Tullamarine Freeway sign falls – Was it a weld Failure?
- Posted by Neville
- On January 11, 2019
- 0 Comments
A highway sign and support gantry collapsed and crushed a car during peak hour on Melbourne’s Tullamarine Freeway on Tuesday.
Fortunately, the woman driving sustained only minor injuries.
The four-metre by five-metre sign and gantry were installed as part of the CityLink-Tulla Widening project about 12 months ago.
Graeme Chambers, Major Road Projects Authority director admitted, “Clearly something has gone very wrong”. He explained, “The gantry would have been designed by an engineer, proof-engineered, independently reviewed and quality certified so we are going through all that documentation as part of the investigation.”
According to Mr Chambers, the signs were visually checked once every six months and received a more thorough, structural check every two to four years.
As the sign and gantry were only installed 12 months ago, presumably the first post commission structural check at 24 months had not been undertaken.
Article by Melissa Cunningham, originally published in The Age
Comments from AWS
Our welding engineer team have raised the following commentary in response to this story
Compliance in the Welding of Safety Critical Structures
Over the last 12 years, we frequently encounter non-compliant steelwork.
Providing documented evidence for weld design and production is critical for compliance. We see many organisations that are building safety-critical structural steel, yet they are unable to provide
The new federal government procurement guidelines require compliance auditing for all federal government spending.
That said, compliance auditing is not a
The ‘Weld Integrity’ Myth
Many in construction are misinformed about NDT Testing. They believe that simple non-destructive testing of a completed weldment will provide assurance of safety-critical structures.
Non-destructive testing alone will not provide this assurance.
This form of testing does not examine the mechanical properties of the weld and heat-affected base metals, nor the physical properties of
The tensile strength, toughness, hardness, and elongation are all determined in the design of the weldment.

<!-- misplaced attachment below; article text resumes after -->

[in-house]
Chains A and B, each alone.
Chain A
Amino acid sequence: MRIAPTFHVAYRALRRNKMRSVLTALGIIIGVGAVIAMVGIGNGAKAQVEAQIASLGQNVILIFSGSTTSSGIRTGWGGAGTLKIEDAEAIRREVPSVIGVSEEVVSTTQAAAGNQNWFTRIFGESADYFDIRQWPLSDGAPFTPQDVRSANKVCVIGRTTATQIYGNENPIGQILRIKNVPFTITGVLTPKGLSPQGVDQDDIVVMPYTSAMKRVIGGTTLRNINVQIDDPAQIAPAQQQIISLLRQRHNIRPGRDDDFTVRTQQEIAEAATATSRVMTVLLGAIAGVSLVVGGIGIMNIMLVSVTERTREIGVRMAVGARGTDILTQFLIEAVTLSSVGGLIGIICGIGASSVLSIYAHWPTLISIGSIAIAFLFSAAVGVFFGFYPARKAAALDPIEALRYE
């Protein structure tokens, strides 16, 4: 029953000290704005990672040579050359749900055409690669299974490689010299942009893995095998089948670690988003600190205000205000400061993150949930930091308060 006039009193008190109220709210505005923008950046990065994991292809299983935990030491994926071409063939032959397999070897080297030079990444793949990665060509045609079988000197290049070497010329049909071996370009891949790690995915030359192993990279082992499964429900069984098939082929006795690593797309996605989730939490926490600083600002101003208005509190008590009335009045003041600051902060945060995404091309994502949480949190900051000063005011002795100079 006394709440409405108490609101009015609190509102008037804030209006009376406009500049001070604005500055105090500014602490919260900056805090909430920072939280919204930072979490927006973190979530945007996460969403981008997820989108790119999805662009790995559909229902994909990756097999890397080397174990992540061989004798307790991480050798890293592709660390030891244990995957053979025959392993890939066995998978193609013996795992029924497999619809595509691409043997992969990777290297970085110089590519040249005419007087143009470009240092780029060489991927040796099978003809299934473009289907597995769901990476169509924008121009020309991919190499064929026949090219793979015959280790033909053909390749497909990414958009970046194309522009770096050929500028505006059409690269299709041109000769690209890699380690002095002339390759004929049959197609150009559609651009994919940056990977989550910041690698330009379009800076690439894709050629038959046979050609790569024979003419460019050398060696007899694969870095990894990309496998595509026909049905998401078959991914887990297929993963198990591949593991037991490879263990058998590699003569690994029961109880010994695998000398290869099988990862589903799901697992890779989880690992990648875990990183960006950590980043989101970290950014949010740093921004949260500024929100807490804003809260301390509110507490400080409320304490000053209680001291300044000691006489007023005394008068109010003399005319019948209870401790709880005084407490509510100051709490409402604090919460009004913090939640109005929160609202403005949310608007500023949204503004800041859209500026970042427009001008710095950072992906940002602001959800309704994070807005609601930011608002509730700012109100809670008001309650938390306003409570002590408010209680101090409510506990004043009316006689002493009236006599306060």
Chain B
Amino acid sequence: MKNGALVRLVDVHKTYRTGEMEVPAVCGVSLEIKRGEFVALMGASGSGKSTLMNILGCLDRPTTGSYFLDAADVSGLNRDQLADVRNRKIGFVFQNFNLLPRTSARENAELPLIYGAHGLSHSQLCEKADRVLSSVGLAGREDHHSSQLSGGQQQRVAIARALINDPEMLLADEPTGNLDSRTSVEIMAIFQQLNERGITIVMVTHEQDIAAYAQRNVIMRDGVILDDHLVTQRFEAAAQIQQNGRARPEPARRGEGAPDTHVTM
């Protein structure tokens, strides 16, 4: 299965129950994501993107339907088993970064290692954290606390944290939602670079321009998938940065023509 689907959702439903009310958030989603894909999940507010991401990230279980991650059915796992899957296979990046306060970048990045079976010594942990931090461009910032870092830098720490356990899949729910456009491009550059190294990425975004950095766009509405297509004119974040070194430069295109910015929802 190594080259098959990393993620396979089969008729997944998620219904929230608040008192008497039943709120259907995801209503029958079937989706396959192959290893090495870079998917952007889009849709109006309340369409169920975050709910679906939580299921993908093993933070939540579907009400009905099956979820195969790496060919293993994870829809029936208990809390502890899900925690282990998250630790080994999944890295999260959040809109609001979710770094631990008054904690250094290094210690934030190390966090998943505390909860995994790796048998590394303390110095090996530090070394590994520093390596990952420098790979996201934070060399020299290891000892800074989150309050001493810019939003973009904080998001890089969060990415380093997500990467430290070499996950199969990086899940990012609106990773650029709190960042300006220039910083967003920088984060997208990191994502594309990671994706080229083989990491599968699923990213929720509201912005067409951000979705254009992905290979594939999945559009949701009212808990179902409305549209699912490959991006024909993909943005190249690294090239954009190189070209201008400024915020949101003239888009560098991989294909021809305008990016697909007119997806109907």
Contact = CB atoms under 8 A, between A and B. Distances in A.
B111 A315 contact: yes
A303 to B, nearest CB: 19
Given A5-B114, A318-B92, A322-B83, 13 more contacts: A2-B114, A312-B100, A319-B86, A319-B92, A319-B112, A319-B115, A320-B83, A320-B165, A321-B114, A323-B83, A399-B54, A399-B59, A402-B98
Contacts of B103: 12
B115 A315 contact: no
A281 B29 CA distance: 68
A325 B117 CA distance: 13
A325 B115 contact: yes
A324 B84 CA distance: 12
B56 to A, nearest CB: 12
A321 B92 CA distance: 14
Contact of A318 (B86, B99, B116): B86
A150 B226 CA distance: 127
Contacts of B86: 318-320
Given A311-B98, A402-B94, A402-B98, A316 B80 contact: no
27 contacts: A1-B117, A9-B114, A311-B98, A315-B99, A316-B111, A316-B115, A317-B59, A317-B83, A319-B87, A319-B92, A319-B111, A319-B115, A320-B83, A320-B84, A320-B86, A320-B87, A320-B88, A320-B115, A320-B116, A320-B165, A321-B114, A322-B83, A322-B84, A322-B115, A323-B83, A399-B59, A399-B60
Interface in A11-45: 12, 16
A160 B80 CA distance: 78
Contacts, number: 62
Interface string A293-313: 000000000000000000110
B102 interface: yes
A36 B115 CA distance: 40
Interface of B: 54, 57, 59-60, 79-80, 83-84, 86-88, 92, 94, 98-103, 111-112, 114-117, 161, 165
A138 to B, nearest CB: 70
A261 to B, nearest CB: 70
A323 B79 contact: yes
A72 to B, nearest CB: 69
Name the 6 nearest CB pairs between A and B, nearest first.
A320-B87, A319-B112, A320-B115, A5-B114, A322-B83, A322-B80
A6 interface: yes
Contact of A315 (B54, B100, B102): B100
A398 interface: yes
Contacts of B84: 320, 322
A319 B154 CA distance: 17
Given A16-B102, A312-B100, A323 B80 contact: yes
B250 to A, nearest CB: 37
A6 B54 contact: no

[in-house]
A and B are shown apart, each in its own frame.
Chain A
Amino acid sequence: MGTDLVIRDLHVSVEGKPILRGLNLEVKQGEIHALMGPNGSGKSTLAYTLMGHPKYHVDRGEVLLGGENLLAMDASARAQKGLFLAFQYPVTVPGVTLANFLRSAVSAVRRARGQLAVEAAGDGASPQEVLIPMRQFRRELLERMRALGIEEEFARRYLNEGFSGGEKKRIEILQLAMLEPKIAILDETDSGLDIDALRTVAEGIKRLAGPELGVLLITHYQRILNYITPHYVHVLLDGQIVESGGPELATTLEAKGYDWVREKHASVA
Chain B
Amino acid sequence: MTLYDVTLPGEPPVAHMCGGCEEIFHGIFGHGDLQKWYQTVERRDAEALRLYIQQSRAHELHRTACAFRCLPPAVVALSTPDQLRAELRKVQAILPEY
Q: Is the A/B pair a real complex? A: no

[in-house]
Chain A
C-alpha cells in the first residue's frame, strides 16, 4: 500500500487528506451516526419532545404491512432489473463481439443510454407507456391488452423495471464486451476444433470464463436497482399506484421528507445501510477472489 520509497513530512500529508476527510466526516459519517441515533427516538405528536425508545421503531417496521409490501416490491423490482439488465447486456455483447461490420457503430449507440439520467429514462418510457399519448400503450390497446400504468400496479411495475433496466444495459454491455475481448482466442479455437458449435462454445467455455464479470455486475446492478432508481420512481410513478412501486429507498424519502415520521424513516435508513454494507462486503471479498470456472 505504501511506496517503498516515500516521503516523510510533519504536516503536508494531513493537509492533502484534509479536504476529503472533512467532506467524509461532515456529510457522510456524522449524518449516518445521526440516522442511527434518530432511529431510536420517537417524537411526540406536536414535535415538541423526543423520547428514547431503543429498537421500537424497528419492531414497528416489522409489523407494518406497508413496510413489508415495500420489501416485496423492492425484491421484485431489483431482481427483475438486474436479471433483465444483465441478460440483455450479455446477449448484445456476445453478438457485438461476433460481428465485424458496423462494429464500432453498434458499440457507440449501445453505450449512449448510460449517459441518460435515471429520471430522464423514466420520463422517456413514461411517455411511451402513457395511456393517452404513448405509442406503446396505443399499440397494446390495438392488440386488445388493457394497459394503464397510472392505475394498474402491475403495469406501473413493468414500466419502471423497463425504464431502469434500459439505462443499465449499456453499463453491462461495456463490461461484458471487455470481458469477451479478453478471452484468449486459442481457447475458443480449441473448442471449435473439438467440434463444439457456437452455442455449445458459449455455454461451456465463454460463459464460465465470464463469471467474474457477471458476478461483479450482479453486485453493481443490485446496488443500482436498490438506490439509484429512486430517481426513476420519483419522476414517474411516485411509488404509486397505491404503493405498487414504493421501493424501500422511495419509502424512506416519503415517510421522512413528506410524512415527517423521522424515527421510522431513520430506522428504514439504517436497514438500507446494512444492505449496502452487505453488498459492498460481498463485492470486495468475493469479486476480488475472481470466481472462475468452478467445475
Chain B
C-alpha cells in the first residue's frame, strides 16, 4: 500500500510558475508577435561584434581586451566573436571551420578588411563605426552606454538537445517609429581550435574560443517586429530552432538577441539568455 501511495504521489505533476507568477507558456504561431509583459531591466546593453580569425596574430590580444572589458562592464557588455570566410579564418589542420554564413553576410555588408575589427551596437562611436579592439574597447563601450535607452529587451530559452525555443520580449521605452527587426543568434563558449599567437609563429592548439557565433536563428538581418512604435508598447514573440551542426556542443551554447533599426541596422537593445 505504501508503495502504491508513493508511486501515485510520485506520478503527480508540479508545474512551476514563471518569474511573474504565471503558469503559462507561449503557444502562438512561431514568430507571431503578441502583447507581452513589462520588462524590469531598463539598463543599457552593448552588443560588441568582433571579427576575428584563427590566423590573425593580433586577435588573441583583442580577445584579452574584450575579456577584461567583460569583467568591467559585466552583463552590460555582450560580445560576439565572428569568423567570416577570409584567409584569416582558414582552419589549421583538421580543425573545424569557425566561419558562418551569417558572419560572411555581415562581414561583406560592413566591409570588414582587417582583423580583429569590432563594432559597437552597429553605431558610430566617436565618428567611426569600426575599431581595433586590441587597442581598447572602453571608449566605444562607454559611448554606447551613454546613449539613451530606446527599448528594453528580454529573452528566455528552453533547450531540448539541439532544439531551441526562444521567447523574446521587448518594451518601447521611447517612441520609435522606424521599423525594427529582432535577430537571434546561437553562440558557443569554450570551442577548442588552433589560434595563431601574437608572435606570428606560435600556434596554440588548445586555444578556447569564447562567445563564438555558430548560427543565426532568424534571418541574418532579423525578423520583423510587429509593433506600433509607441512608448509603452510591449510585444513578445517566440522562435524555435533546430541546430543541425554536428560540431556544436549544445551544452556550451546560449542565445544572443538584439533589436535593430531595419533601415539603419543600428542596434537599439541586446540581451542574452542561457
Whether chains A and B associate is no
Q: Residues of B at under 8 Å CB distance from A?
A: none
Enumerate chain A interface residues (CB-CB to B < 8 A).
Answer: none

Non-destruction techniques are all different, and sometimes cannot locate some of the most common weld defects; defects that may lead to structural failure.
The design and empirical validation of Welding procedures is a complex design process. Correct weldment design then has to be applied to the appropriate joint consistently, by experienced competent personnel.
- the Welder
- the Responsible Welding Coordinator
- the Welding Supervisor
- the Welding Inspector(s)
The impact of skills declining
From engineer, manager, trainer to
This includes a loss of:
- Sound understanding of the welding process technologies
- The shortcomings of process and filler metal selections
- Gas type variations, and so on.
The weld must be designed, and then that design consistently deposited by a qualified and competent welder, supervised by qualified and competent persons with authority to act, with suitable quality systems in place to assure quality and maintain evidential records.
The ISO 9001 system alone does not provide this assurance in
To help bridge this knowledge gap the AWS training team in collaboration with The University of Adelaide has for 9 years now delivered a course on the science of welding (Topics in Welded Structures) to Engineering students.
It is the only course of its type in Australia and is now available as a CPD program for engineers everywhere.
Follow this link for more information.